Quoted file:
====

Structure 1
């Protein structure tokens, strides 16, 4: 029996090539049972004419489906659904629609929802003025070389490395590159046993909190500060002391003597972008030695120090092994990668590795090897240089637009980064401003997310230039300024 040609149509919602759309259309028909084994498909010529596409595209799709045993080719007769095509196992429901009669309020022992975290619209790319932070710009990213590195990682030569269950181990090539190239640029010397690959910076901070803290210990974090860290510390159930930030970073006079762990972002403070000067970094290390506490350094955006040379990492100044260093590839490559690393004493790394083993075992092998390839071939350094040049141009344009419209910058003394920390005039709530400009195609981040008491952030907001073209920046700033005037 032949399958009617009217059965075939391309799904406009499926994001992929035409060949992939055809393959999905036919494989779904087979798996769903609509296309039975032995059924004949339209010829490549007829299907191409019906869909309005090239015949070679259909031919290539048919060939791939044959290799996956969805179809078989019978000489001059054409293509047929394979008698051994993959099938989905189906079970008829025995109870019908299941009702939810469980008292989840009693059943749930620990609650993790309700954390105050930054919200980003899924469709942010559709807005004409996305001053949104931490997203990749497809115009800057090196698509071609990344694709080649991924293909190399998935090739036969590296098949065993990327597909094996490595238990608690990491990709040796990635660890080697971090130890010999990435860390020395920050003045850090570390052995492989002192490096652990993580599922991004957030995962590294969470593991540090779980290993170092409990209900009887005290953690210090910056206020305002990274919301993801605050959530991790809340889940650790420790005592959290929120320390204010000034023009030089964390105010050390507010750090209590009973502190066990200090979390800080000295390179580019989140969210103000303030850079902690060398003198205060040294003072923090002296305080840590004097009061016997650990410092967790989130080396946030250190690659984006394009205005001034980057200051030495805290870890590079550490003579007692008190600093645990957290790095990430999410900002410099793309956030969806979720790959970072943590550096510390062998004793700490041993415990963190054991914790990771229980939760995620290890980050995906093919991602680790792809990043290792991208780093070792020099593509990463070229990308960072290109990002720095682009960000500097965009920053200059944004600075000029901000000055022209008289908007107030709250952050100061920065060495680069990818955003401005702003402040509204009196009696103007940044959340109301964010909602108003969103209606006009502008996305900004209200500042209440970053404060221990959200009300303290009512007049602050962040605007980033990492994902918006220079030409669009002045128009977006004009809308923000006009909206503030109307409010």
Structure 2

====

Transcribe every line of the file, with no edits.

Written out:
Structure 1
């Protein structure tokens, strides 16, 4: 029996090539049972004419489906659904629609929802003025070389490395590159046993909190500060002391003597972008030695120090092994990668590795090897240089637009980064401003997310230039300024 040609149509919602759309259309028909084994498909010529596409595209799709045993080719007769095509196992429901009669309020022992975290619209790319932070710009990213590195990682030569269950181990090539190239640029010397690959910076901070803290210990974090860290510390159930930030970073006079762990972002403070000067970094290390506490350094955006040379990492100044260093590839490559690393004493790394083993075992092998390839071939350094040049141009344009419209910058003394920390005039709530400009195609981040008491952030907001073209920046700033005037 032949399958009617009217059965075939391309799904406009499926994001992929035409060949992939055809393959999905036919494989779904087979798996769903609509296309039975032995059924004949339209010829490549007829299907191409019906869909309005090239015949070679259909031919290539048919060939791939044959290799996956969805179809078989019978000489001059054409293509047929394979008698051994993959099938989905189906079970008829025995109870019908299941009702939810469980008292989840009693059943749930620990609650993790309700954390105050930054919200980003899924469709942010559709807005004409996305001053949104931490997203990749497809115009800057090196698509071609990344694709080649991924293909190399998935090739036969590296098949065993990327597909094996490595238990608690990491990709040796990635660890080697971090130890010999990435860390020395920050003045850090570390052995492989002192490096652990993580599922991004957030995962590294969470593991540090779980290993170092409990209900009887005290953690210090910056206020305002990274919301993801605050959530991790809340889940650790420790005592959290929120320390204010000034023009030089964390105010050390507010750090209590009973502190066990200090979390800080000295390179580019989140969210103000303030850079902690060398003198205060040294003072923090002296305080840590004097009061016997650990410092967790989130080396946030250190690659984006394009205005001034980057200051030495805290870890590079550490003579007692008190600093645990957290790095990430999410900002410099793309956030969806979720790959970072943590550096510390062998004793700490041993415990963190054991914790990771229980939760995620290890980050995906093919991602680790792809990043290792991208780093070792020099593509990463070229990308960072290109990002720095682009960000500097965009920053200059944004600075000029901000000055022209008289908007107030709250952050100061920065060495680069990818955003401005702003402040509204009196009696103007940044959340109301964010909602108003969103209606006009502008996305900004209200500042209440970053404060221990959200009300303290009512007049602050962040605007980033990492994902918006220079030409669009002045128009977006004009809308923000006009909206503030109307409010």
Structure 2